To develop students' ability to distinguish among opinions, facts, and inferences; to identify underlying or implicit assumptions; to make informed judgments; and to solve problems by applying evaluative standards.
Students will demonstrate the ability to...
consider others' points of view
consider the strengths and weaknesses of opposing viewpoints
consider unpopular ideas, beliefs, or viewpoints
think in accordance with rational standards
refine generalization and avoid oversimplifications
apply concepts to new situations
question commonly accepted ways of understanding things
clarify issues, conclusions, or beliefs
clarify and analyze the meaning of words or phrases
develop criteria for evaluation and understand the values and standards used to develop this criteria
evaluate the credibility of a source of information
question deeply by raising and pursuing root or significant questions
analyze or evaluate arguments, interpretations, beliefs, or theories
generate or assess solutions
analyze or evaluate actions or policies
listen actively and critically
bring knowledge and insights from other disciplines into any course
ask thoughtful questions and respond to questions posed by others
consider and move between various points of view
test the strengths and weaknesses of other points of view
recognize significant similarities and significant differences
examine or evaluate assumptions
distinguish relevant facts from irrelevant facts
reach sound conclusions based on observation and information
evaluate evidence and alleged facts
explore the implications and consequences of statements
All courses 3 credit hours unless otherwise specified
EDU260, Portfolio Assessment (1 credit hour)
ENG243, American Literature I
ENG244, English Literature I
ENG212, Literary Masterpieces I
ENG246, Readings in Short Fiction
MFL214, French Reading
MFL 225, Spanish Reading
MFL235, Advanced German Grammar and Reading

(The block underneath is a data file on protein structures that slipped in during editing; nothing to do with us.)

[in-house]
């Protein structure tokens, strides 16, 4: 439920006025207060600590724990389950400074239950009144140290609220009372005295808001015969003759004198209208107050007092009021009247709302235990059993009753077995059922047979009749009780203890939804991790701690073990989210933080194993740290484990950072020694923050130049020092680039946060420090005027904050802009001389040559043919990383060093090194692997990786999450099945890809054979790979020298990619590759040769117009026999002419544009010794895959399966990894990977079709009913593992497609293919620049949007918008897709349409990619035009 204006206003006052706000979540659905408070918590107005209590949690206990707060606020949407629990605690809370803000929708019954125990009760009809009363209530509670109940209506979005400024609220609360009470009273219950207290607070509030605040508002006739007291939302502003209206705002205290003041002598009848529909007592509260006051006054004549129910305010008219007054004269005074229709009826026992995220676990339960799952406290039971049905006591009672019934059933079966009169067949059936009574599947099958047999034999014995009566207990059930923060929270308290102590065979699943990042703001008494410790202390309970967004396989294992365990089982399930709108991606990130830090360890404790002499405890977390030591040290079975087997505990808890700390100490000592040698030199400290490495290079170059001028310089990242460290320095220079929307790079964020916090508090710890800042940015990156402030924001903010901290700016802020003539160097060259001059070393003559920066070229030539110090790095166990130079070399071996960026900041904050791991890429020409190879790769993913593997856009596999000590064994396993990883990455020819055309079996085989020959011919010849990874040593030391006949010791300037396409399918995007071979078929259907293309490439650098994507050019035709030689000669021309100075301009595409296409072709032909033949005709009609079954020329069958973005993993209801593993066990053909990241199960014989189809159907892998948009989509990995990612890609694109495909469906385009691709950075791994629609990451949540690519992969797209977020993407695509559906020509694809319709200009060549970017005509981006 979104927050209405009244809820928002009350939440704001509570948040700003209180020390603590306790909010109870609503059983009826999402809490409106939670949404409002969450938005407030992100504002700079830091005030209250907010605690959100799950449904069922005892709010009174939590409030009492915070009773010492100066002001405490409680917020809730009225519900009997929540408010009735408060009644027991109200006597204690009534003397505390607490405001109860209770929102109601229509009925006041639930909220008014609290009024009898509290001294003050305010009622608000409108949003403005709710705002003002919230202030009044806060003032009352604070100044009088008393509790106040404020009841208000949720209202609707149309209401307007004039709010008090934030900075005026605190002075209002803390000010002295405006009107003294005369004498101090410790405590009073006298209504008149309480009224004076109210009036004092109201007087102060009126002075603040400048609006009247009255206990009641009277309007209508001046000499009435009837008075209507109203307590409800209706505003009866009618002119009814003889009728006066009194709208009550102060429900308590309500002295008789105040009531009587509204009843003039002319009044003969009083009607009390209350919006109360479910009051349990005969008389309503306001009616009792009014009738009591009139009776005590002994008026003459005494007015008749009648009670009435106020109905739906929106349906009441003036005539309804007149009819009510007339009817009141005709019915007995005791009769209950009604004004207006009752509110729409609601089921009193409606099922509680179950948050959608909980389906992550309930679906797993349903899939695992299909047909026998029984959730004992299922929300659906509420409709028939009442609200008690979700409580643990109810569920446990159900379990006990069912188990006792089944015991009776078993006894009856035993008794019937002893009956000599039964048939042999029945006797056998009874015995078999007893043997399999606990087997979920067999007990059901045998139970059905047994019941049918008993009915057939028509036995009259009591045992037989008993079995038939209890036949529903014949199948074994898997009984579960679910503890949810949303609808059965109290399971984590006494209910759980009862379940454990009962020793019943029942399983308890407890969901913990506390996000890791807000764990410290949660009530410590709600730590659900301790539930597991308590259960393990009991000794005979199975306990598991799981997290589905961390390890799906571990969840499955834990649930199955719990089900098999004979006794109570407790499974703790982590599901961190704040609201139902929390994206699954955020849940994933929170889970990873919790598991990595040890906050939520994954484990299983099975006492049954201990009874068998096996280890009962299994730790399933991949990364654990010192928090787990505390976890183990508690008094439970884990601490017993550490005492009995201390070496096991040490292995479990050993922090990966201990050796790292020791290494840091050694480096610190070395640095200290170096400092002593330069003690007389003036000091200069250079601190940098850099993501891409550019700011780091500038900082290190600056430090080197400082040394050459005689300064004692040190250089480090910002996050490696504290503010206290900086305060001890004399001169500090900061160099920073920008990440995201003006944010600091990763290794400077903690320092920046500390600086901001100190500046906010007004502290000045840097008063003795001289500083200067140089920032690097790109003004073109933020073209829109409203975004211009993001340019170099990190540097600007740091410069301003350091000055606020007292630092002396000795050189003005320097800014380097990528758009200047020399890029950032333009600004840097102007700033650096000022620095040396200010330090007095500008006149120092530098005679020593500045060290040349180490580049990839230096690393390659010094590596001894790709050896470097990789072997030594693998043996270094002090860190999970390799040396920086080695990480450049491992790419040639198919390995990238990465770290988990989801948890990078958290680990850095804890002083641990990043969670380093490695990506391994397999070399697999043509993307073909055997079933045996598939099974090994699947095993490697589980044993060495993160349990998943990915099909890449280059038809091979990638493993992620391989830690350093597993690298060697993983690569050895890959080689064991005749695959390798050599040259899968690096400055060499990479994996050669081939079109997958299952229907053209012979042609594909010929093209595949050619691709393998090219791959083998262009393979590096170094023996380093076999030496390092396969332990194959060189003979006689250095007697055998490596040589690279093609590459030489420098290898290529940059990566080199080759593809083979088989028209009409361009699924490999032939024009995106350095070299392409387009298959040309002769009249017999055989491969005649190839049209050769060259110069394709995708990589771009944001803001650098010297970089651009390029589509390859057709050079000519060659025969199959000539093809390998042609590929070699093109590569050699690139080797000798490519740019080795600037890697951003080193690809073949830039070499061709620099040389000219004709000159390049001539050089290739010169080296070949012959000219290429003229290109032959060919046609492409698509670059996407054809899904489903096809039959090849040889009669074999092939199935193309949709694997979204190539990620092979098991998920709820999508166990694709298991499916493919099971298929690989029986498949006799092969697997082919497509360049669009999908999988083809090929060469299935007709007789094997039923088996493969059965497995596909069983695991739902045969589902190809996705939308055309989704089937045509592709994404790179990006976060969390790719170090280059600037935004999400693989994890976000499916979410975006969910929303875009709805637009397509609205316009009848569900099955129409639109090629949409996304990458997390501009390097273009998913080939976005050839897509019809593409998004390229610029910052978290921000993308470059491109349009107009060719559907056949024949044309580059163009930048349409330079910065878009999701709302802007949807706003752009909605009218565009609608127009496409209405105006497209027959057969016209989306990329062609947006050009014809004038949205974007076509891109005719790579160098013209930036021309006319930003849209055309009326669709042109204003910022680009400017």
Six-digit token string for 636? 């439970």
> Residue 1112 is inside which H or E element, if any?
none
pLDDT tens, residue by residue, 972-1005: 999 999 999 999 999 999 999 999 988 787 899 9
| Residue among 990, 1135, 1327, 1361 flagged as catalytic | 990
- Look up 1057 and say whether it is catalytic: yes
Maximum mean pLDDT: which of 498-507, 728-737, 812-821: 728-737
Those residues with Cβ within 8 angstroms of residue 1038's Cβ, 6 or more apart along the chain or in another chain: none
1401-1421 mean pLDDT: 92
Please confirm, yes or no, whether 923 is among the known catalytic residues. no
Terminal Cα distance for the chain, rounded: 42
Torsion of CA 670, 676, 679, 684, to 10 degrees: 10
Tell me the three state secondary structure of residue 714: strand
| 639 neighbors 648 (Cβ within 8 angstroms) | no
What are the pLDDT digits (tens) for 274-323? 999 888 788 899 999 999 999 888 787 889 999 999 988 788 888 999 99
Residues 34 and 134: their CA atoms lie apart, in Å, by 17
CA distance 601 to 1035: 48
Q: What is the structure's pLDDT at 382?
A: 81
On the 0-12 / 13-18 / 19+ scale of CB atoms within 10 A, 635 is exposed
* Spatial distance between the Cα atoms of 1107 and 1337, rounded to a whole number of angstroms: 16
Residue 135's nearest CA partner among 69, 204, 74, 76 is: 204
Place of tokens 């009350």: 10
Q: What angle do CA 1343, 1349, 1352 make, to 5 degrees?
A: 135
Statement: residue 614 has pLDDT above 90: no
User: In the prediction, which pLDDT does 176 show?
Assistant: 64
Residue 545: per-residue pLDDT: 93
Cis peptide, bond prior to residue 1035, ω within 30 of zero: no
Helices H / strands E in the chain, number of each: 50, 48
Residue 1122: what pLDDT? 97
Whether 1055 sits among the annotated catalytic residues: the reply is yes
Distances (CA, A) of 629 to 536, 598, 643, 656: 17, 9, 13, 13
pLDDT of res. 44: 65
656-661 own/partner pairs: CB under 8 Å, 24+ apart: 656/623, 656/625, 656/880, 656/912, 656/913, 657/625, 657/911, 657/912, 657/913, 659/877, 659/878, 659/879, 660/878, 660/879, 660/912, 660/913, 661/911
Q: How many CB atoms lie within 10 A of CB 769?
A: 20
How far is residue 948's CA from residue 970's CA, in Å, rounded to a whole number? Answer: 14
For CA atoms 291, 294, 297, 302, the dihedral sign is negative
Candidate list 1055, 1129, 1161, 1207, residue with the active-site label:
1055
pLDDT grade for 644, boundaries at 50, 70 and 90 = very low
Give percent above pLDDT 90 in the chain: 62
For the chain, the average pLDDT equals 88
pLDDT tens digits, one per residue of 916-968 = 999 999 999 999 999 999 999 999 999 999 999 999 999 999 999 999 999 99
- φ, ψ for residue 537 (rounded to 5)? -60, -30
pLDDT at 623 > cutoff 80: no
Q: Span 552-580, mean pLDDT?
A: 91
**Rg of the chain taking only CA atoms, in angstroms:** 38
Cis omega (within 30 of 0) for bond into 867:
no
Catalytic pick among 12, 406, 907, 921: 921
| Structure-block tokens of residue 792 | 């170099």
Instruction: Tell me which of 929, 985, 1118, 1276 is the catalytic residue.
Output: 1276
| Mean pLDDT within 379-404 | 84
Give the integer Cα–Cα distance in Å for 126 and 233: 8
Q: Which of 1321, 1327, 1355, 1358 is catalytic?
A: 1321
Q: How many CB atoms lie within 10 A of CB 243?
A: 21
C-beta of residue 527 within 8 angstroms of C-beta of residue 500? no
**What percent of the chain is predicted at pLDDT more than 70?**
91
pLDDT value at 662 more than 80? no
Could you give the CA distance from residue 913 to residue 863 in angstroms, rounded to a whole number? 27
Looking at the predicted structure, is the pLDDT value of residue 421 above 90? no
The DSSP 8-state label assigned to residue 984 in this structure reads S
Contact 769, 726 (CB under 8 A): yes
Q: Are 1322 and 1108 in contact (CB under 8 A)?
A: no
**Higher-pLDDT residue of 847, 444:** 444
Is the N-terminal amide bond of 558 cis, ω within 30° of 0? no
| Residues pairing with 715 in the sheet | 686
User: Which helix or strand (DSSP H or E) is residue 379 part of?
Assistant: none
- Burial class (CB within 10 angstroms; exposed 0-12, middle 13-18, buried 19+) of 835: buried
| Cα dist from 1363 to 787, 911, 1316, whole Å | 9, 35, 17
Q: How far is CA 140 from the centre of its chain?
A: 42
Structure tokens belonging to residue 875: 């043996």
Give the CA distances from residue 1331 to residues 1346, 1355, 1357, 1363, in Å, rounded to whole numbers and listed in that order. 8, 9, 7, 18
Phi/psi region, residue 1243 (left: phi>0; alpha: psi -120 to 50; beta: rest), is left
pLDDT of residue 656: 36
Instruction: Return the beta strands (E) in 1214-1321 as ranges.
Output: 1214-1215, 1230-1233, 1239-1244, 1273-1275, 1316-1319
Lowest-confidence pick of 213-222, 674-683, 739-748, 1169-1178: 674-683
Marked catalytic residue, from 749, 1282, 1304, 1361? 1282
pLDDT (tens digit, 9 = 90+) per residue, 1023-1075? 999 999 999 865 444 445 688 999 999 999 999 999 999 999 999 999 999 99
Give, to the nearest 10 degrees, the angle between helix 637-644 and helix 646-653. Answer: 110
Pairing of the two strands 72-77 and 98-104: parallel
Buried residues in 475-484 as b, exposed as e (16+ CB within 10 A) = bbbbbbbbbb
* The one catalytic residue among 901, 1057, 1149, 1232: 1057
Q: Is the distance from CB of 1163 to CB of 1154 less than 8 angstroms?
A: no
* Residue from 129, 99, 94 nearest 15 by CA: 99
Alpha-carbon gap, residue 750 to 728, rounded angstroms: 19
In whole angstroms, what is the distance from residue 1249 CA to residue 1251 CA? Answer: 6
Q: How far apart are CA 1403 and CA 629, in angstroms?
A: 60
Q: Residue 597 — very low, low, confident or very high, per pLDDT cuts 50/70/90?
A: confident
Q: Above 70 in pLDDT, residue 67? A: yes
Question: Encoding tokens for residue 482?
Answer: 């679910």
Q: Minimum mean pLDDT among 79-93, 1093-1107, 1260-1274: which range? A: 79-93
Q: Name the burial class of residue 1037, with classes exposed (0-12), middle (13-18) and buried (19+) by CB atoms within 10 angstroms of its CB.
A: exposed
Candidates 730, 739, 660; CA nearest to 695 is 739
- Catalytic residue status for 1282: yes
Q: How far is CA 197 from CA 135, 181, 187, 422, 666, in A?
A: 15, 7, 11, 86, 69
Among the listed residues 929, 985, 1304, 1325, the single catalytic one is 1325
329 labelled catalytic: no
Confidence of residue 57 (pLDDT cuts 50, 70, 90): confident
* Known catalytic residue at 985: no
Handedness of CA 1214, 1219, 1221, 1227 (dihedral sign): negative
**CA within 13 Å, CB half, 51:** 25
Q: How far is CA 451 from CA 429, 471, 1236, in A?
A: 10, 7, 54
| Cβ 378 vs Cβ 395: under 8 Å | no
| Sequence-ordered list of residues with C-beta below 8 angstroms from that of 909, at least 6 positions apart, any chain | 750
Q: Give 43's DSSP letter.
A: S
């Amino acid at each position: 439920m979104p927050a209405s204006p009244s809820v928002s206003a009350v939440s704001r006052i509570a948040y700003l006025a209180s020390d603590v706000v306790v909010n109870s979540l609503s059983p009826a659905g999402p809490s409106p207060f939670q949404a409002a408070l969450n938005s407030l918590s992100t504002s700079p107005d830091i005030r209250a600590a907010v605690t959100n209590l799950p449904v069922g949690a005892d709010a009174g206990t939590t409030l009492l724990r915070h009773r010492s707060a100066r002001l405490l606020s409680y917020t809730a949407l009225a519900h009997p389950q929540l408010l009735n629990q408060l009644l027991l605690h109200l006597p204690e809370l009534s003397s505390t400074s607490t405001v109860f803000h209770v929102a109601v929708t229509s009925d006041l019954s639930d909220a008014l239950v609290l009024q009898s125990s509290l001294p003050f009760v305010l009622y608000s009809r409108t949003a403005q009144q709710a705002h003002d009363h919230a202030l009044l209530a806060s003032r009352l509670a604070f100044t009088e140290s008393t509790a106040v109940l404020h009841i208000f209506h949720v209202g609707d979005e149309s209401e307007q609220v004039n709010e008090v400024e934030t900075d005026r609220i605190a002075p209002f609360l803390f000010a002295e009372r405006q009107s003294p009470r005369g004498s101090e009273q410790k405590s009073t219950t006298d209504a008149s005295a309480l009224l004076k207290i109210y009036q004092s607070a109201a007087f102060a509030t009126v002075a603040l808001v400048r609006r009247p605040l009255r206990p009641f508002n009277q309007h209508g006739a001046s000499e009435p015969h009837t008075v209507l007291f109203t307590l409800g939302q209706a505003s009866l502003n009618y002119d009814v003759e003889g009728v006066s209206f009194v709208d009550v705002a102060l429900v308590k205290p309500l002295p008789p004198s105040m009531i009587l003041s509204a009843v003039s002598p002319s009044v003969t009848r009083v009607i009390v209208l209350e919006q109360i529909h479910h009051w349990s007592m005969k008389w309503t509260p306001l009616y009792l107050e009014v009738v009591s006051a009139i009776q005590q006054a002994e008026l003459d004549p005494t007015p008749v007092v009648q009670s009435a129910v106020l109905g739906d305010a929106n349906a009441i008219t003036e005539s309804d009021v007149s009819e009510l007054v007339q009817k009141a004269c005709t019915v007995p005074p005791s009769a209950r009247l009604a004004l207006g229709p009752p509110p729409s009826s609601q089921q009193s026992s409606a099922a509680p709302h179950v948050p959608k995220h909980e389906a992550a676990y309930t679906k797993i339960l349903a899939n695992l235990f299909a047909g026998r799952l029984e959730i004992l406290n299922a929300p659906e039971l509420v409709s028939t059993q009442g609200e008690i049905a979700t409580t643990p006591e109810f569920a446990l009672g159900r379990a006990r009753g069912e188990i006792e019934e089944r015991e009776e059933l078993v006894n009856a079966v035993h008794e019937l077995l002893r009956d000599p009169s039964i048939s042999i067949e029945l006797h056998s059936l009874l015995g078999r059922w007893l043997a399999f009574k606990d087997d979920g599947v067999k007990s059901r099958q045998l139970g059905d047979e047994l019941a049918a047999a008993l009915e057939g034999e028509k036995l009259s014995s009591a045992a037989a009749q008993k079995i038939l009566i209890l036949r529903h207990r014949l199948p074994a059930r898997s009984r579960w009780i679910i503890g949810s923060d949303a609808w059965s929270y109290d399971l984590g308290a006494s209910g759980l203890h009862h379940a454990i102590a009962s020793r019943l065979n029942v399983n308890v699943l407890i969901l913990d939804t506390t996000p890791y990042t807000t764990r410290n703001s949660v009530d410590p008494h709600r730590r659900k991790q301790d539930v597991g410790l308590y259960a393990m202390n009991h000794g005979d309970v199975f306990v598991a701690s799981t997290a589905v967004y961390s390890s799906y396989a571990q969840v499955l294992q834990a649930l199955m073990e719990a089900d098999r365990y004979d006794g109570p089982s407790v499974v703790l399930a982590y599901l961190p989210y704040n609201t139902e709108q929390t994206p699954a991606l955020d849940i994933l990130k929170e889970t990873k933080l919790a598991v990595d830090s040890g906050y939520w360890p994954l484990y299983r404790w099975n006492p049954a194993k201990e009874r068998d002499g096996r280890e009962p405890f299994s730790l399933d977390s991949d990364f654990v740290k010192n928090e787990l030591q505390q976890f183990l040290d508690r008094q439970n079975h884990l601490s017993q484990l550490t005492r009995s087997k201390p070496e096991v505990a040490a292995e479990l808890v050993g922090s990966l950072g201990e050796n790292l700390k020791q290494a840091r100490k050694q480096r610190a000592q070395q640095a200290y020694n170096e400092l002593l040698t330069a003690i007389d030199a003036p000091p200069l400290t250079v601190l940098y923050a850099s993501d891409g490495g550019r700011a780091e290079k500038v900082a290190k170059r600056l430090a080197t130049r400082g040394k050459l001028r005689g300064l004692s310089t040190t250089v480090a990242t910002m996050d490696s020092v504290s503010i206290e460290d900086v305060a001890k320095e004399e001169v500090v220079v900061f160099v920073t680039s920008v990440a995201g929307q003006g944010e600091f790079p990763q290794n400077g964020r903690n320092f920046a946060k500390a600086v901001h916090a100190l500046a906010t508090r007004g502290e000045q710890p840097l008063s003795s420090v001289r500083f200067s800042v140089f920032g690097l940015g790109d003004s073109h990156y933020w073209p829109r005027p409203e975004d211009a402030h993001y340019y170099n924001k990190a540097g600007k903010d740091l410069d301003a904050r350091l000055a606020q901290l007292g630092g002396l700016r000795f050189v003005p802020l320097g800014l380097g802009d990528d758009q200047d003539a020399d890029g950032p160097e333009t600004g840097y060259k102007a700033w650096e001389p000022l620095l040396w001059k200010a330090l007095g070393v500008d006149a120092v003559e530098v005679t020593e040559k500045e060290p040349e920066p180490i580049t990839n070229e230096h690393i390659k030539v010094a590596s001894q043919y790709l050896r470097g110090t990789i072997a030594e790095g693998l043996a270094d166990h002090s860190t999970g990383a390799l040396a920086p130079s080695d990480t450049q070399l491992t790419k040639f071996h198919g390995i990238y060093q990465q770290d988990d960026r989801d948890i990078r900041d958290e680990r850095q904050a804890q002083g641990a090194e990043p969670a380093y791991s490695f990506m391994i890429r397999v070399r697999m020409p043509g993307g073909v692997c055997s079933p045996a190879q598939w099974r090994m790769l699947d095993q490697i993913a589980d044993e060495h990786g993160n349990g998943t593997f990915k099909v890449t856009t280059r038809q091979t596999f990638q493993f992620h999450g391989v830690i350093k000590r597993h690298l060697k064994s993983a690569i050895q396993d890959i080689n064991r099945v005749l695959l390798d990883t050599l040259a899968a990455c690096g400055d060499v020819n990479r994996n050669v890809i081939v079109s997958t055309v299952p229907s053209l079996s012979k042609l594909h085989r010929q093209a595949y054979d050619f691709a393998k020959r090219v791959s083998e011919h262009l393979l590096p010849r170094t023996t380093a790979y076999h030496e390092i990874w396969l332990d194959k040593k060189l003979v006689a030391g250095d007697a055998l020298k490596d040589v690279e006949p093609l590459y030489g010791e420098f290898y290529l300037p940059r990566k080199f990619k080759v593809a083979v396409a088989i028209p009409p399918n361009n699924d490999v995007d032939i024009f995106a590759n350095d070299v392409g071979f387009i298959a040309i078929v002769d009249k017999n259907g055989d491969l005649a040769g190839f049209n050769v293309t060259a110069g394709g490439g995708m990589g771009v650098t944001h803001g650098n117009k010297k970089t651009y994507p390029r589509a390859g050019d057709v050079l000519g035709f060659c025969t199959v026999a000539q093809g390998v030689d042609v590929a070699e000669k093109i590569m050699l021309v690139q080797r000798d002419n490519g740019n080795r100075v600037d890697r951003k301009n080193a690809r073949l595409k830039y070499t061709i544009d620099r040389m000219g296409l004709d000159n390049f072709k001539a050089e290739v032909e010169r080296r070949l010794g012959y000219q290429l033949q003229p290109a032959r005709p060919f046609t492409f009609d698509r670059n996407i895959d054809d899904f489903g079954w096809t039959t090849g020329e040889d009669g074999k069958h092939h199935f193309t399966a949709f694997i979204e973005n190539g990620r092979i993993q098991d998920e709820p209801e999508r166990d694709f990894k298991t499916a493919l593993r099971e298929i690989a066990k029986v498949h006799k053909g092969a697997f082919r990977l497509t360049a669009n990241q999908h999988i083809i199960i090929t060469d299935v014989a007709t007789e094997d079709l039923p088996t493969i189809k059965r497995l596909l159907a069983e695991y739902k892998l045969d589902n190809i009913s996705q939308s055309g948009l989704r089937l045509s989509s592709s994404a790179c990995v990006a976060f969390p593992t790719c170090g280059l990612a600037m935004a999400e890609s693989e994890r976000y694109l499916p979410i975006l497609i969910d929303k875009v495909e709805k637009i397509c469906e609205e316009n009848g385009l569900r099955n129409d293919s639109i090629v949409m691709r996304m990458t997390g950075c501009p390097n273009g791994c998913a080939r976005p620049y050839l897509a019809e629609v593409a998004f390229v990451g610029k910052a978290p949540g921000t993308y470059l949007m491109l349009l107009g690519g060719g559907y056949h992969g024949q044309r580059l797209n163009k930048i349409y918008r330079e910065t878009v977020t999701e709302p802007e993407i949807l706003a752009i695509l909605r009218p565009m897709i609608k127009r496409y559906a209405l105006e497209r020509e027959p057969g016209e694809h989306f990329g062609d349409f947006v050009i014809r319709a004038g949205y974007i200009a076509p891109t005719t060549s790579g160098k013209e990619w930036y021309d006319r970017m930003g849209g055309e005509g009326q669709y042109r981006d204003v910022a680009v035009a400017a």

MFL236, Advanced Italian Grammar and Conversation
PHS241, Physical Geology (5 credit hours)
PHS135, General Chemistry I, (5 credit hours)
PHS139, General Chemistry II, (4 credit hours)
BIO298, Readings in Honors (1 credit hour)
BIO234, Survey of Genetics
BIO125, Botany (5 credit hours)
BIO224, Field Biology (4 credit hours)
BIZ143 Environmental Science Lab (2 credit hours)
PHS142 College Physics I, (4 credit hours)
PHS144 College Physics II, (4 credit hours)
MAT165 Analytical Geometry/Calculus I (5 credit hours)
HIS135, Directed Studies in History
POS133 International Relations
PSY114 General Psychology II
Any IDS course (1-3 credit hours)
1. All degree-seeking students at Mineral Area College are given placement tests prior to or at the time of enrollment. They take either the ACT Examination or the COMPASS Test Battery. The ACT is designed to measure student academic skills in English, Mathematics, Reading, and Science Reasoning. The COMPASS Test Battery is designed to measure student academic skills in English, Mathematics, and Reading.
2. All students who receive a degree from Mineral Area College are required to take the Collegiate Assessment of Academic Proficiency (CAAP) test battery. This is designed to measure the graduate's academic skills in the areas of Writing Skills, Mathematics, Reading, Critical Thinking, and Science Reasoning.
3. The results of these tests are available in Universe, our Student Information System. Customized reports are also available from the Director of Assessment. Data can be provided for individual students, classes, programs departments and/or divisions.
4. Each semester, periodic department-level meetings review courses and student performance.
5. A faculty General Education Committee reviews the program annually.
6. Faculty members, The Dean of Arts and Sciences, The Director of Assessment, and The Dean of Students meet monthly on an assessment committee.
7. A Higher-Order Thinking proposal accompanies every course syllabus submitted to The Dean of Arts and Sciences.